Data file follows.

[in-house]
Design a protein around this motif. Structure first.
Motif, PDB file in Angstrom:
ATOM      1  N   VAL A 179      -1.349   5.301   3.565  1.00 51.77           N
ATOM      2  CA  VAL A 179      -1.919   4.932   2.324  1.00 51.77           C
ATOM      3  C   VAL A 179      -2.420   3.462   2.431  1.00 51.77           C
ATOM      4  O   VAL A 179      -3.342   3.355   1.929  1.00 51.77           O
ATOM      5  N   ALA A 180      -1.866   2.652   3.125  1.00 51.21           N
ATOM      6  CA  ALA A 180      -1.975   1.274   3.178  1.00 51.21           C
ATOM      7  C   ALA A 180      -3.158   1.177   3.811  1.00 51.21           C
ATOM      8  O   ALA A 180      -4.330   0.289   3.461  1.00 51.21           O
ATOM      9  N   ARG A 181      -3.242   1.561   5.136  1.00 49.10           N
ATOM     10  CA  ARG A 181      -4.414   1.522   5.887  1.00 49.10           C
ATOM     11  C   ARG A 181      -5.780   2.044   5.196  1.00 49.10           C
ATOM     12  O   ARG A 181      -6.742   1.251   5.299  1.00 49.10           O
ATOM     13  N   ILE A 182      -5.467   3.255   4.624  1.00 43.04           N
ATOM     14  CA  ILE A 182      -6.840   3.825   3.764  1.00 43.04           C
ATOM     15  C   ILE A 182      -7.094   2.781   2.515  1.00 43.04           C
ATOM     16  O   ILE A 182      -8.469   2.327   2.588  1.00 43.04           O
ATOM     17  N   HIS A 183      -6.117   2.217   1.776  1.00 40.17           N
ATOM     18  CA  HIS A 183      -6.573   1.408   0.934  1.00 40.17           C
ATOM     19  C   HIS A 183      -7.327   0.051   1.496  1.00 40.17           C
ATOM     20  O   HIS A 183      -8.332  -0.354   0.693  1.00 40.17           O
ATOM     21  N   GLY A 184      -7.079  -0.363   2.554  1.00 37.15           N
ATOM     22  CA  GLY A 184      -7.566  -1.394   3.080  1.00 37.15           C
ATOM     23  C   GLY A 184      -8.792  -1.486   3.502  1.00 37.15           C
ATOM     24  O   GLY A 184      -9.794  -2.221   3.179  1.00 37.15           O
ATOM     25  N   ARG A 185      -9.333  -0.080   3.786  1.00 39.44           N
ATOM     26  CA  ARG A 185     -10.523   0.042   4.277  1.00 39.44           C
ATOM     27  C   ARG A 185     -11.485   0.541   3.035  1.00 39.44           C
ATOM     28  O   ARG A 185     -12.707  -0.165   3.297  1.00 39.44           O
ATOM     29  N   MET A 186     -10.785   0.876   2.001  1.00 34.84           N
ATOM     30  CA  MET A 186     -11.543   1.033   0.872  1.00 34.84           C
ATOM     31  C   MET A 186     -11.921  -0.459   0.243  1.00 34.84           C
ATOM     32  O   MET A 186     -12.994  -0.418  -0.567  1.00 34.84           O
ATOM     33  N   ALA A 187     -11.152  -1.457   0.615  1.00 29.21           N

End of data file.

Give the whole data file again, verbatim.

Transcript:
[in-house]
Design a protein around this motif. Structure first.
Motif, PDB file in Angstrom:
ATOM      1  N   VAL A 179      -1.349   5.301   3.565  1.00 51.77           N
ATOM      2  CA  VAL A 179      -1.919   4.932   2.324  1.00 51.77           C
ATOM      3  C   VAL A 179      -2.420   3.462   2.431  1.00 51.77           C
ATOM      4  O   VAL A 179      -3.342   3.355   1.929  1.00 51.77           O
ATOM      5  N   ALA A 180      -1.866   2.652   3.125  1.00 51.21           N
ATOM      6  CA  ALA A 180      -1.975   1.274   3.178  1.00 51.21           C
ATOM      7  C   ALA A 180      -3.158   1.177   3.811  1.00 51.21           C
ATOM      8  O   ALA A 180      -4.330   0.289   3.461  1.00 51.21           O
ATOM      9  N   ARG A 181      -3.242   1.561   5.136  1.00 49.10           N
ATOM     10  CA  ARG A 181      -4.414   1.522   5.887  1.00 49.10           C
ATOM     11  C   ARG A 181      -5.780   2.044   5.196  1.00 49.10           C
ATOM     12  O   ARG A 181      -6.742   1.251   5.299  1.00 49.10           O
ATOM     13  N   ILE A 182      -5.467   3.255   4.624  1.00 43.04           N
ATOM     14  CA  ILE A 182      -6.840   3.825   3.764  1.00 43.04           C
ATOM     15  C   ILE A 182      -7.094   2.781   2.515  1.00 43.04           C
ATOM     16  O   ILE A 182      -8.469   2.327   2.588  1.00 43.04           O
ATOM     17  N   HIS A 183      -6.117   2.217   1.776  1.00 40.17           N
ATOM     18  CA  HIS A 183      -6.573   1.408   0.934  1.00 40.17           C
ATOM     19  C   HIS A 183      -7.327   0.051   1.496  1.00 40.17           C
ATOM     20  O   HIS A 183      -8.332  -0.354   0.693  1.00 40.17           O
ATOM     21  N   GLY A 184      -7.079  -0.363   2.554  1.00 37.15           N
ATOM     22  CA  GLY A 184      -7.566  -1.394   3.080  1.00 37.15           C
ATOM     23  C   GLY A 184      -8.792  -1.486   3.502  1.00 37.15           C
ATOM     24  O   GLY A 184      -9.794  -2.221   3.179  1.00 37.15           O
ATOM     25  N   ARG A 185      -9.333  -0.080   3.786  1.00 39.44           N
ATOM     26  CA  ARG A 185     -10.523   0.042   4.277  1.00 39.44           C
ATOM     27  C   ARG A 185     -11.485   0.541   3.035  1.00 39.44           C
ATOM     28  O   ARG A 185     -12.707  -0.165   3.297  1.00 39.44           O
ATOM     29  N   MET A 186     -10.785   0.876   2.001  1.00 34.84           N
ATOM     30  CA  MET A 186     -11.543   1.033   0.872  1.00 34.84           C
ATOM     31  C   MET A 186     -11.921  -0.459   0.243  1.00 34.84           C
ATOM     32  O   MET A 186     -12.994  -0.418  -0.567  1.00 34.84           O
ATOM     33  N   ALA A 187     -11.152  -1.457   0.615  1.00 29.21           N